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Owens: Talent to be tested at Big East tournament (Mar. 3)

Andrew Owens | Thursday, March 3, 2011

In every sport, there are three signs of a truly great team: Beating up on the ‘lesser’ opponents. Performing well against the top competition. And third, the ability to overcome adversity.

For this Irish squad, the jury is still out on whether this has been just another very good team assembled by coach Muffet McGraw, or whether this is a special club that rivals the 2001 squad, which won the program’s only national title.

The Irish pass the first part of the litmus test with flying colors. No unranked team has defeated Notre Dame, and the closest such game was an eight-point win at South Florida on Feb. 5, one that was never truly in doubt.

Playing well against the elite teams has not been a problem for the Irish. The only trouble they have had in this regard is finishing the job – winning the game’s crucial final minutes.

Against ranked opponents, Notre Dame is 4-5 this season, but only one of those losses was lopsided — 78-57 at No. 2 Connecticut on Feb. 19. The other four were all determined in the last few minutes.

The most excruciating loss of the season came on Jan. 8, when the Huskies, whose NCAA-record 90-game winning streak had been snapped the week before, went ahead with 14 seconds remaining on a layup by sophomore guard Kelly Faris. The Irish had led for most of the game, and the prospect of knocking conference rival Connecticut off their pedestal atop the Big East would have been a season-changing victory for the Irish. Instead, they were left playing the “what if” game and had the challenge of bouncing back in conference play, which they did.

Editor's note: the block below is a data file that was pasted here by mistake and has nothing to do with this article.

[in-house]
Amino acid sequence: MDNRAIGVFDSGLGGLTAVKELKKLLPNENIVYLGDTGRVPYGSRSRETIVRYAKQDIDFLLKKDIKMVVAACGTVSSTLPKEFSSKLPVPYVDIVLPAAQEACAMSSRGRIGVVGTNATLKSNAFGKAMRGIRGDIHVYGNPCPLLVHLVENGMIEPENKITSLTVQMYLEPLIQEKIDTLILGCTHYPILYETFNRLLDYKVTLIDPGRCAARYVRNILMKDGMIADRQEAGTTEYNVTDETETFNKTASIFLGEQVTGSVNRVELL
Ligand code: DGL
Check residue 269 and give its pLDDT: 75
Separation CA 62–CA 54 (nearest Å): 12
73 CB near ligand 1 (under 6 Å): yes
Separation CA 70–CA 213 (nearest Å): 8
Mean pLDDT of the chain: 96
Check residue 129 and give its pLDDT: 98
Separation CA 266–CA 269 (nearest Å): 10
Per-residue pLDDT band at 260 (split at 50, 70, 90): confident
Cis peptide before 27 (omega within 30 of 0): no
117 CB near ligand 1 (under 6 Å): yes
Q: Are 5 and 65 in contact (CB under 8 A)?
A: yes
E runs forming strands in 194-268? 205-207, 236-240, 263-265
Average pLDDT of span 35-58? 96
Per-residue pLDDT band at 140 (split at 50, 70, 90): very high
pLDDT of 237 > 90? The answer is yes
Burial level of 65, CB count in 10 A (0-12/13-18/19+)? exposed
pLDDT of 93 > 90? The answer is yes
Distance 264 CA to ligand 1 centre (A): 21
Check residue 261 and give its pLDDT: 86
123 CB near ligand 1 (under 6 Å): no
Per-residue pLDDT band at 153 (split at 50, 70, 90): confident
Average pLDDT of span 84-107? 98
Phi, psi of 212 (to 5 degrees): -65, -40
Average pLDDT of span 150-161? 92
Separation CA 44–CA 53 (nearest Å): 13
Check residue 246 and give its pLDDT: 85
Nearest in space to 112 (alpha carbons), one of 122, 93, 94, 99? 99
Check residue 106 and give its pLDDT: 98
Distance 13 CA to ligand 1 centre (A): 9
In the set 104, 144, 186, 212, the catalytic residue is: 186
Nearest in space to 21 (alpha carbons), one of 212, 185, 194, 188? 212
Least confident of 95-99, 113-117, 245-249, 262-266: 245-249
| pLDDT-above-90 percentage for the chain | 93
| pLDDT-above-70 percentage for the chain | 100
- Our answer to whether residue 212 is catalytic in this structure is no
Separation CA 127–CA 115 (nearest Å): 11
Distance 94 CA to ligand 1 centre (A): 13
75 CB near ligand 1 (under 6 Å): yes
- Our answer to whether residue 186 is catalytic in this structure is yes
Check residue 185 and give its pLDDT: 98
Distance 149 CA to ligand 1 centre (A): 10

The only other Big East loss of the season came last Monday, when DePaul sunk the hopes of the Irish, who were looking to pull off a major road victory and finish second in the conference. Senior forward Felicia Chester hit a clutch layup with six seconds to play to give the Blue Demons the victory. Once again, the Irish were robbed as their opponent snatched victory from the jaws of defeat.

If Notre Dame is going to assert itself as a serious threat to Connecticut’s reign over the Big East, the Irish need to come up big in the final minutes of a close game. Until they come away with a signature victory, they cannot be considered among the top contenders for the national title.

The final aspect of the three-part formula of a top team is overcoming adversity. Let’s face it – every team gets at least a dose of it during the course of a long regular season. This year the Irish have had to deal with two in-season departures – junior forward Erica Solomon transferred in December, and highly-touted freshman guard Kayla McBride stopped play in January, both for personal reasons. The two were important bench players, combining for 15 points per game.

Additionally, the team has had to deal with the previously mentioned excruciating losses. The team has responded after the close losses and quickly put the defeats behind them.

The Big East tournament will be the most telling of indicators as to whether the two losses to Connecticut and the one-point loss to DePaul were signs that Notre Dame is very close to being a top team and just needs to get over the hump, or that the Irish are not in the top tier of the nation’s top talent.

For McGraw and her squad, the next two weeks will determine the legacy of this talented group.

The views expressed in this column are those of the author and not necessarily those of The Observer.

Contact Andrew Owens at aowens2@nd.edu